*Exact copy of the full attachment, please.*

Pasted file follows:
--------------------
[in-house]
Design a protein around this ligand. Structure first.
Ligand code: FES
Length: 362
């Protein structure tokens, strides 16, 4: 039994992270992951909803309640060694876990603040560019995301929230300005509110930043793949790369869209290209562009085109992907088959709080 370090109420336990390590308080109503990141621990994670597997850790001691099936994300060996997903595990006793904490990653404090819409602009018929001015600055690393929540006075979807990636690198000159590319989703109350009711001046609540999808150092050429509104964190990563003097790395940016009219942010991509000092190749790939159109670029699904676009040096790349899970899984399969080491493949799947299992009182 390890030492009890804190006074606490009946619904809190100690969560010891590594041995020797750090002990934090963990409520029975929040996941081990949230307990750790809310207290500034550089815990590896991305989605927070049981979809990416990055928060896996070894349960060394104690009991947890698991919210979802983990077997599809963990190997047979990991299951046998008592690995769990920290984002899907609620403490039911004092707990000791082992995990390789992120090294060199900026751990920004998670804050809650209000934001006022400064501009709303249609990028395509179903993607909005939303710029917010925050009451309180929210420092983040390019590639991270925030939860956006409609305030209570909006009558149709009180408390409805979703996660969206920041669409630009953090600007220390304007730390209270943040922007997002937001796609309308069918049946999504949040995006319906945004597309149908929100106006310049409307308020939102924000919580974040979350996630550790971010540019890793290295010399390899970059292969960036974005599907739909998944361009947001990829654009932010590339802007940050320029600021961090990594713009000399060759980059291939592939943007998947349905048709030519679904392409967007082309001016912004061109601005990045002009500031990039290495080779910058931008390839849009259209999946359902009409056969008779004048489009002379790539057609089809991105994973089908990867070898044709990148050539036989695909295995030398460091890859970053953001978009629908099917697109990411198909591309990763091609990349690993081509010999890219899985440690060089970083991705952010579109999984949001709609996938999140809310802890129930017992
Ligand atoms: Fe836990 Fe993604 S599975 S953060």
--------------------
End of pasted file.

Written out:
[in-house]
Design a protein around this ligand. Structure first.
Ligand code: FES
Length: 362
């Protein structure tokens, strides 16, 4: 039994992270992951909803309640060694876990603040560019995301929230300005509110930043793949790369869209290209562009085109992907088959709080 370090109420336990390590308080109503990141621990994670597997850790001691099936994300060996997903595990006793904490990653404090819409602009018929001015600055690393929540006075979807990636690198000159590319989703109350009711001046609540999808150092050429509104964190990563003097790395940016009219942010991509000092190749790939159109670029699904676009040096790349899970899984399969080491493949799947299992009182 390890030492009890804190006074606490009946619904809190100690969560010891590594041995020797750090002990934090963990409520029975929040996941081990949230307990750790809310207290500034550089815990590896991305989605927070049981979809990416990055928060896996070894349960060394104690009991947890698991919210979802983990077997599809963990190997047979990991299951046998008592690995769990920290984002899907609620403490039911004092707990000791082992995990390789992120090294060199900026751990920004998670804050809650209000934001006022400064501009709303249609990028395509179903993607909005939303710029917010925050009451309180929210420092983040390019590639991270925030939860956006409609305030209570909006009558149709009180408390409805979703996660969206920041669409630009953090600007220390304007730390209270943040922007997002937001796609309308069918049946999504949040995006319906945004597309149908929100106006310049409307308020939102924000919580974040979350996630550790971010540019890793290295010399390899970059292969960036974005599907739909998944361009947001990829654009932010590339802007940050320029600021961090990594713009000399060759980059291939592939943007998947349905048709030519679904392409967007082309001016912004061109601005990045002009500031990039290495080779910058931008390839849009259209999946359902009409056969008779004048489009002379790539057609089809991105994973089908990867070898044709990148050539036989695909295995030398460091890859970053953001978009629908099917697109990411198909591309990763091609990349690993081509010999890219899985440690060089970083991705952010579109999984949001709609996938999140809310802890129930017992
Ligand atoms: Fe836990 Fe993604 S599975 S953060």